"Enjoy a totally refreshing nap in only 30 minutes. Verbal guidance and Hemi-Sync® provide you with a unique opportunity to obtain deeply restorative rest. Benefit from Catnapper's proven effectiveness during work or study breaks or to re-energize for the evening. Catnapper is also effective for countering the effects of jet lag, coping with irregular schedules or as the ultimate pick-me-up anytime. (Verbal; 30 min.). Mind Food Series".

"Monroe Product's binaural beat CDs can help you experience enhanced mental, physical, and emotional states. Robert Monroe's work inspired an entire industry of mind/brain products. After 50 years of research, and thousands of lab sessions, the internationally acclaimed patented Hemi-Sync® process remains unparalleled in its ability to assist us in harnessing our human potential. Thanks to the cooperation of notable medical institutions and universities, the scientifically and clinically proven Hemi-Sync® technology continues to be the focus of a variety of specialized research projects. In addition, many therapists, physicians, educators, and other professionals use Hemi-Sync® extensively. Such research is indispensable in revealing the influence of specific Hemi-Sync® sound patterns on consciousness. Over the years, these efforts have resulted in the development of scores of individual products for specific applications such as focused attention, stress management, meditation, sleep enhancement, and pain management, to name a few". (From Catnapper's liner notes)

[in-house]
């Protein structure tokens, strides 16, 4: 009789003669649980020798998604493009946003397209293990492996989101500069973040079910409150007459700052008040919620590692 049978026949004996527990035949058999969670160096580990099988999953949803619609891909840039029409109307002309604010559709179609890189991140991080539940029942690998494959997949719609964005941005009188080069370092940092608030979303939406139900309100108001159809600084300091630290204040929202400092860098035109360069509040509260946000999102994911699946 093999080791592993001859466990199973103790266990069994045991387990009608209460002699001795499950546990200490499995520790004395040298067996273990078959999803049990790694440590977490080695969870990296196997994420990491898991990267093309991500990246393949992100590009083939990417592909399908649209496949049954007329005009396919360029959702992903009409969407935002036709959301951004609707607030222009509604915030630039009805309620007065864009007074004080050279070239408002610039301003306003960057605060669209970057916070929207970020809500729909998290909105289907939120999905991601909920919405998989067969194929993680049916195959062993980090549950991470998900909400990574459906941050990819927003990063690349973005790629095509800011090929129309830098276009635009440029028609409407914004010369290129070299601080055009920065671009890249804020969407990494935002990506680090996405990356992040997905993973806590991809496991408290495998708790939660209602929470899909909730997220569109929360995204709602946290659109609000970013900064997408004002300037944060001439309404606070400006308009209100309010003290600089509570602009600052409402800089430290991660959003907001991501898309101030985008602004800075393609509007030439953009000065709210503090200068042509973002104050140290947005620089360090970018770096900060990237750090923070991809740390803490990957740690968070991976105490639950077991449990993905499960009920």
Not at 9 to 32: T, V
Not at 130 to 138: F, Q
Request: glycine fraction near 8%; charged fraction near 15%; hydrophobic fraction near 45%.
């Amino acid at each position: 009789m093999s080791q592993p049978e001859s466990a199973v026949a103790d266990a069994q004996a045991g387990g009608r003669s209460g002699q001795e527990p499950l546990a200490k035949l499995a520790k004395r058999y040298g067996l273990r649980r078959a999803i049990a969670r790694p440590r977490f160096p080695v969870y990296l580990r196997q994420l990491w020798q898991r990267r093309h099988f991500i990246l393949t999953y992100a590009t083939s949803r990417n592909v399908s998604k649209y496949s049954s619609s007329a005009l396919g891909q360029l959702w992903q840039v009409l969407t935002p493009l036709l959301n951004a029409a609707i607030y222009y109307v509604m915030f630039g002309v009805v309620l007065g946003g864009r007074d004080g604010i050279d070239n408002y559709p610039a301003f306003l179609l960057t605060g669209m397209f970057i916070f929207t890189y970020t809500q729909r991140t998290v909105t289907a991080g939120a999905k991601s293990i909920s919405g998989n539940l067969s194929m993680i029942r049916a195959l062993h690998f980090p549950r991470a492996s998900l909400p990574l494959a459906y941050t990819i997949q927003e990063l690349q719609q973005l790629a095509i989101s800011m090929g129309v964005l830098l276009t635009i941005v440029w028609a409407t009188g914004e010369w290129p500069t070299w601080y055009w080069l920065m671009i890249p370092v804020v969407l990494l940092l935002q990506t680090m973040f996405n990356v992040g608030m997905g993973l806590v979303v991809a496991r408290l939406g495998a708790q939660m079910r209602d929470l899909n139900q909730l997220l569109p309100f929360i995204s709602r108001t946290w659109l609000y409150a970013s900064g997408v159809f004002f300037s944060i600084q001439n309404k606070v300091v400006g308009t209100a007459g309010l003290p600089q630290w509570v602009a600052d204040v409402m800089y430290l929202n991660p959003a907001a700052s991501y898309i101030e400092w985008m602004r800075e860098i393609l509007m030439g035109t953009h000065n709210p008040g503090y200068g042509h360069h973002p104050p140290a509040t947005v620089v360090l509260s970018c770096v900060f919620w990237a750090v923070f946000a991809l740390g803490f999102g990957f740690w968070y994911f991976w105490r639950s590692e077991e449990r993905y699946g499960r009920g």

Thanks to Joachim Koester for the gift.

Monroe Products, Catnapper, 32'10 (1988)